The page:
What do you adore about playing Caitlin in ‘The Ferryman’? 
Laura Donnelly
: What makes the character such a pleasure to act is what Caitlin is hiding. Often you read characters who are saying everything they are thinking. Or they don't have secrets. Yet from the moment we meet her, Caitlin has huge secrets. The audience gets to know those pretty early. It’s such fun to know that the audience is with me. It allows me to play that with so many layers. What Jez does so beautifully is give everybody on that stage something that they are trying to suppress and cover up. At the same time, they get on with their lives, keep their dignity and try to survive.   

Night after night, the show never gets tired because the writing is so beautiful. Another great joy is being part of such a wonderful and huge cast. There is as much joy off stage as there is on. We really have a sense of being a family. 

What do you love to do when you are not working? 
Laura Donnelly
:  Sleep. I have never done a job before that takes so much out of me physically, in terms of my energy level throughout the day.  I have had to use every hour that I’m not on stage to try and rest. The first time I did this play in the West End and was tired, I thought it was because I was pregnant. But now I feel just as tired. I have realized it’s the play that does it. It’s the emotional requirement that drains me. So after being with my girls and working, sleep is my priority. 

What do you miss most about doing Outlander?  
Laura Donnelly
:  For me, it’s more about the cast and crew. It was such a wonderful production to be part of because of the people. Many of the cast members are old friends of mine from college, because I studied in Scotland. When I filmed the show it was based out of Glasgow. I had a magical time studying in drama college there. So I love going up there and spending proper time in Glasgow with people I knew from back then. Going back to Outlander always felt like a homecoming.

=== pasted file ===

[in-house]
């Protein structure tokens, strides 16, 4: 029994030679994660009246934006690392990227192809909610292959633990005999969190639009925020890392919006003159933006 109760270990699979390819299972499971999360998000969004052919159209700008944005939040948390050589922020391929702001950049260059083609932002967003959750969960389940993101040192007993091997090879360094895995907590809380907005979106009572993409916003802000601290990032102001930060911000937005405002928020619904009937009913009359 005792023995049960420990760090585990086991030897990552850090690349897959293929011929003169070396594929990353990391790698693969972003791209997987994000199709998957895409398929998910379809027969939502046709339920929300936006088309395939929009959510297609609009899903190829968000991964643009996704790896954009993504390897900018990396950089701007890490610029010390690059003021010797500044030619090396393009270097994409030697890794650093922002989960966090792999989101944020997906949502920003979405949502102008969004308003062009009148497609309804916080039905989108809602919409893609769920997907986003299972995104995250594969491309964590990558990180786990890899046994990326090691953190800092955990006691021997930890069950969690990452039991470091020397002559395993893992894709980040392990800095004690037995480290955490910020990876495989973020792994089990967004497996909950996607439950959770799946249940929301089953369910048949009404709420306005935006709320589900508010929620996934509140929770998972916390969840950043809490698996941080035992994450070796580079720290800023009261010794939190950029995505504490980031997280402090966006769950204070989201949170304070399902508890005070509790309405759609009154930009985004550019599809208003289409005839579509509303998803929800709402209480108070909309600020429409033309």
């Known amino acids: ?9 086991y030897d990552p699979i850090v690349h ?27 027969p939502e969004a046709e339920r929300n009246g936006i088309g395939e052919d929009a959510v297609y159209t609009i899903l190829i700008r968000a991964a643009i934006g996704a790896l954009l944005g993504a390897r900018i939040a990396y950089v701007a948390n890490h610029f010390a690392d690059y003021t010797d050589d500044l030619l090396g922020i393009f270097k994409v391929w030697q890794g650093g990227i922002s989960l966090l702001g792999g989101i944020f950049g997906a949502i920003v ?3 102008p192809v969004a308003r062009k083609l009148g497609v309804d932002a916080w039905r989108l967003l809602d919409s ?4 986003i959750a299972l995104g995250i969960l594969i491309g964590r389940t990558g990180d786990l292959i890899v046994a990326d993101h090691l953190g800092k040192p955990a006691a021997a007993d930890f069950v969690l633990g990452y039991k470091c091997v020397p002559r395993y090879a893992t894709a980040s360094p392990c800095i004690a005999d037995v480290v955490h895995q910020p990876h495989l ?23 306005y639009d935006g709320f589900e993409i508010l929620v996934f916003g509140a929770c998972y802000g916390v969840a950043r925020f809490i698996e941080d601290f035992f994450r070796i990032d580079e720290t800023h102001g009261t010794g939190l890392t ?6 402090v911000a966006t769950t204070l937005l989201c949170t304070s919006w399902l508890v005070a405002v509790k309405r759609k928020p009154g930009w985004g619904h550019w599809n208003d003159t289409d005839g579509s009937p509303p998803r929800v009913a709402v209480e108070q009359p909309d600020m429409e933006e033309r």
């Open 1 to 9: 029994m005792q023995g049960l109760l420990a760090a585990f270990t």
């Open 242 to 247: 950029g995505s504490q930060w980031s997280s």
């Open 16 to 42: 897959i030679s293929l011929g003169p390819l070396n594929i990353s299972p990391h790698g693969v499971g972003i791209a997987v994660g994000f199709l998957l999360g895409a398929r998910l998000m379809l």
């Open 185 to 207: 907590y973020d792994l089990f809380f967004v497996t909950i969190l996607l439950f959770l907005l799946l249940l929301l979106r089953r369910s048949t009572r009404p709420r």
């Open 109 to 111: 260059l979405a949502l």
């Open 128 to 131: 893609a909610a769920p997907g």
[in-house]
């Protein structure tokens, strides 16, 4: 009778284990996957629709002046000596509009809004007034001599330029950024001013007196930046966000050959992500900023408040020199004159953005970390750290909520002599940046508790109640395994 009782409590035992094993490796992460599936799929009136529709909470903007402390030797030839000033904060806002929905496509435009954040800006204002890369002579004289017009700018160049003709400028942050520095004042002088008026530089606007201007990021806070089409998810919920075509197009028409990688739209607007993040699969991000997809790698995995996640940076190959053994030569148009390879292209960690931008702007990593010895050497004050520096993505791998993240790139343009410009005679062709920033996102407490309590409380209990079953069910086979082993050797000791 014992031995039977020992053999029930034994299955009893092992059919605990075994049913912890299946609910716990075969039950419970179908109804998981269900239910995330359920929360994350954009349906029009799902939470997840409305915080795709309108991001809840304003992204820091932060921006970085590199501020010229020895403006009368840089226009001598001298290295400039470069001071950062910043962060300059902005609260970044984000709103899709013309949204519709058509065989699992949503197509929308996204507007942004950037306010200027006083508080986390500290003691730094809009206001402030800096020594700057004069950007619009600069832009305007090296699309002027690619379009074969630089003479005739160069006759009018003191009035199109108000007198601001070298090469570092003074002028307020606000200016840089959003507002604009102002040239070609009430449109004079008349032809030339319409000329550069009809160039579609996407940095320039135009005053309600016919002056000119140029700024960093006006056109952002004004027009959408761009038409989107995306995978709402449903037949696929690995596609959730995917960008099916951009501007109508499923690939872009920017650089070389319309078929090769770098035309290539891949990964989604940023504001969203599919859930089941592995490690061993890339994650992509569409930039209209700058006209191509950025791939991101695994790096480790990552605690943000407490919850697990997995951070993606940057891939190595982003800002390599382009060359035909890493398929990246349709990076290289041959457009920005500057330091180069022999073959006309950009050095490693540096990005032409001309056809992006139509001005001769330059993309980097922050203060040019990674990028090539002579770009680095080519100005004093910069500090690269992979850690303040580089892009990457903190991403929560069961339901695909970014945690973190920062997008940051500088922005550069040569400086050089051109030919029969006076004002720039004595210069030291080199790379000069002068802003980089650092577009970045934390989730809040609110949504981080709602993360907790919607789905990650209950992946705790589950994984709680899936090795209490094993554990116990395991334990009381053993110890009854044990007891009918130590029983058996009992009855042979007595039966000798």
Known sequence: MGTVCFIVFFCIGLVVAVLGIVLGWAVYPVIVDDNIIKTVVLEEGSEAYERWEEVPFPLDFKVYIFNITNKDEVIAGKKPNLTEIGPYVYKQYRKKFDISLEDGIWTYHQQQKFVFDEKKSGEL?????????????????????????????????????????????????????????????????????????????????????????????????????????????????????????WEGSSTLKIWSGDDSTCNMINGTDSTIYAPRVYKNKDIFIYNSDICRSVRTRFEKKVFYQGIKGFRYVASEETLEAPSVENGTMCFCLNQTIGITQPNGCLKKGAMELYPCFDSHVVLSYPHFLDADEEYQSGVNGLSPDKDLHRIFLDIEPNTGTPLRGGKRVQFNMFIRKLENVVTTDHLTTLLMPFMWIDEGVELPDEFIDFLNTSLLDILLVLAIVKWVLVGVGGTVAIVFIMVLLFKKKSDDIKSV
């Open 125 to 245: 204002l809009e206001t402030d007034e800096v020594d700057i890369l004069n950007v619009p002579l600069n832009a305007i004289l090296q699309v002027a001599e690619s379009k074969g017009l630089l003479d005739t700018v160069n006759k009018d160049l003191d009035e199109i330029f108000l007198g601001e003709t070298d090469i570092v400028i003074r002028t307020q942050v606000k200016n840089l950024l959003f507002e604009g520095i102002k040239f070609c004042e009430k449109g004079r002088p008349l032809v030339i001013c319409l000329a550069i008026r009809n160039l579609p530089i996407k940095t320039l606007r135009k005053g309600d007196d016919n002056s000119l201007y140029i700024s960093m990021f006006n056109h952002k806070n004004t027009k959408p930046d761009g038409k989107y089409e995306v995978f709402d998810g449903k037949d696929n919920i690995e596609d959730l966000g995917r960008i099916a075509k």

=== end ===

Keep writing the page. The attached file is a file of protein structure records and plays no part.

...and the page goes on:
What was it like to make your Broadway debut in The River and star with Hugh Jackson? 
Laura Donnelly:  It was amazing and wonderful. To make my Broadway debut playing opposite Hugh Jackman was as good as it gets. He brings with him a whole Broadway buzz that made it an absolutely incredible experience for us.

What was one of the first shows you ever saw? 
Laura Donnelly
: I saw Audra McDonald in Lady Day at Emerson’s Bar and Grill at Circle In The Square. We had come to New York to do The River at that theater, and it was my first time seeing a Broadway show. I had been in New York before, but didn’t see any Broadway shows. We were going to be moving into Circle in the Square next. So we went along to see the space and see her. She was just absolutely phenomenal. Then while I was doing The River, I saw as many shows as I could on my Monday off. But of course, our Broadway schedule is usually the same as everyone else’s Broadway schedule, so you don’t get to see a lot.

For more of the best of Broadway, check out our list of the Top Shows in New York in December 2018.